This is all exactly right. It's unfortunate that taxi companies have seen the value of their medallions fall because of new competition, but some investments succeed and others fail. Atlanta's taxi medallions had an inflated value because of government-imposed caps on the taxi market, but those caps, as Hunstein points out, could have been increased or removed at any time. The medallions' value was based on little more than the expectation that the government would continue to protect a privileged monopoly.

Atlanta is hardly the only place where this is happening. As Nick Sibilla points out in Forbes, federal courts have rejected similar arguments from taxi companies looking for bailouts in Boston, Chicago, Miami, Milwaukee, Minneapolis, and New York City. Courts elsewhere should do the same.

If taxi medallion owners made a bad investments because they wrongly believed they could use the government to restrict competition and inflate the value of those investments, well, they were wrong. And there's no good reason why the taxpayers of Georgia should have to bail them out for making a bad investment.

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  • Fist of Etiquette||

    If taxi medallion owners made a bad investments because they wrongly believed they could use the government to restrict competition and inflate the value of those investments, well, they were wrong.

    Sounds like they should have invested a little more in the state legislature.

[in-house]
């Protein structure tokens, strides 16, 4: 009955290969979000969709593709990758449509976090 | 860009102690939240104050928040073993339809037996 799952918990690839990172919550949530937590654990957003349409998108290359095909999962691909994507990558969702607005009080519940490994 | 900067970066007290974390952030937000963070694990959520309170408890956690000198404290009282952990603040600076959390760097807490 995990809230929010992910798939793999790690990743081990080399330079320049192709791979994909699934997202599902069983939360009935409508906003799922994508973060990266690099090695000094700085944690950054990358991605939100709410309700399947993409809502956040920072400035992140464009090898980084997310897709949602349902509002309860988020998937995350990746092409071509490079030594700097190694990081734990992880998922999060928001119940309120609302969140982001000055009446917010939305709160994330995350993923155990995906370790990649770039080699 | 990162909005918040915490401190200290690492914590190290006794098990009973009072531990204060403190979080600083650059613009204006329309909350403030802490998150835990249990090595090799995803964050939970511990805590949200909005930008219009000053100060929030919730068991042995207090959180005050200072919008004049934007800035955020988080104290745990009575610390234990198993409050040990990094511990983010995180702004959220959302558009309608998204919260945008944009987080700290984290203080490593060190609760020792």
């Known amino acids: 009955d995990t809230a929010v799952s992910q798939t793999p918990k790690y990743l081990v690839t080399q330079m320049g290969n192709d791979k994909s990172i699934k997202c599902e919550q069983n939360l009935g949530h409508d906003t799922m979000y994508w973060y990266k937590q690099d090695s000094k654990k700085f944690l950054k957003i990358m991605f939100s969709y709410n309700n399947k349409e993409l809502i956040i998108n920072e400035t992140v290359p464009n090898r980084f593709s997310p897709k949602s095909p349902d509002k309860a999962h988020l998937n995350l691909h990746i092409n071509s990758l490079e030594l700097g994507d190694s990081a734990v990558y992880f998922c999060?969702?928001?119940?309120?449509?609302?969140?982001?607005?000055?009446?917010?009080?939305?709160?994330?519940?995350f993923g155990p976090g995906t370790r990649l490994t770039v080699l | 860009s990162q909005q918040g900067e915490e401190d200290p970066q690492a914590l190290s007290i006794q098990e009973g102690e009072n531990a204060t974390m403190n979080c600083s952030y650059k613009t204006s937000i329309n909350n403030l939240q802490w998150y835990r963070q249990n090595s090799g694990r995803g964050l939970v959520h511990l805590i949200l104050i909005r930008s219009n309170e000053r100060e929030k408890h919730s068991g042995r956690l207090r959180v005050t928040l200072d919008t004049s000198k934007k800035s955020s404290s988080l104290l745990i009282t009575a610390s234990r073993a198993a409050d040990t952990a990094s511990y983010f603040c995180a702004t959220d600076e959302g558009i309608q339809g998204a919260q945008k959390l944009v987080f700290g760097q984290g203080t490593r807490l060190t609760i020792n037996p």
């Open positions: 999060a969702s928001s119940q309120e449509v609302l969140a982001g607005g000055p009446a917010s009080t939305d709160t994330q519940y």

• dantheserene||

    Investing in politicians is usually a sure bet, unless they are such toxic candidates that they are unelectable.

  • Rhywun||

    It's unfortunate that taxi companies have seen the value of their medallions fall because of new competition

    Yeah, no. I am richly enjoying the whining coming from those wretched scum.

  • BYODB||

    In some respects I do still feel bad for the cabbies. If you bought one of those medallions to run your own cab, the only legal method to be a cabbie, it is kind of bullshit that the investment you just made was essentially pulled out from under you.

    That being said, the true bullshit is that Atlanta would have artificially kept the supply of cabs so low that it inflated the value of those medallions so much. One would think that a 'wise' government would look at the value of those tokens on the market and expand the supply since it indirectly indicates demand for cabs within their city. New York especially should have realized this a long, long time ago but...New York unions are well known for their rent seeking.

    In other words, this is just more proof that centralized command and control is a terrible idea. The writing is on the wall for Cab companies unless they can innovate their way out of the mess they're in. Somehow, I doubt it'll work out for them.

  • loveconstitution1789||

    Crony capitalists get exactly what they deserve from trying to control markets using government rather than thru good products and services that people want.

    These taxi medallion schemes were concocted many decades ago and the government did not just come up with that idea out of the blue. Taxi/ horse carriage businessmen I am sure had input to keep start ups out.

    At the Atlanta airport, car services are not supposed to ask if you want a ride but they do all the time.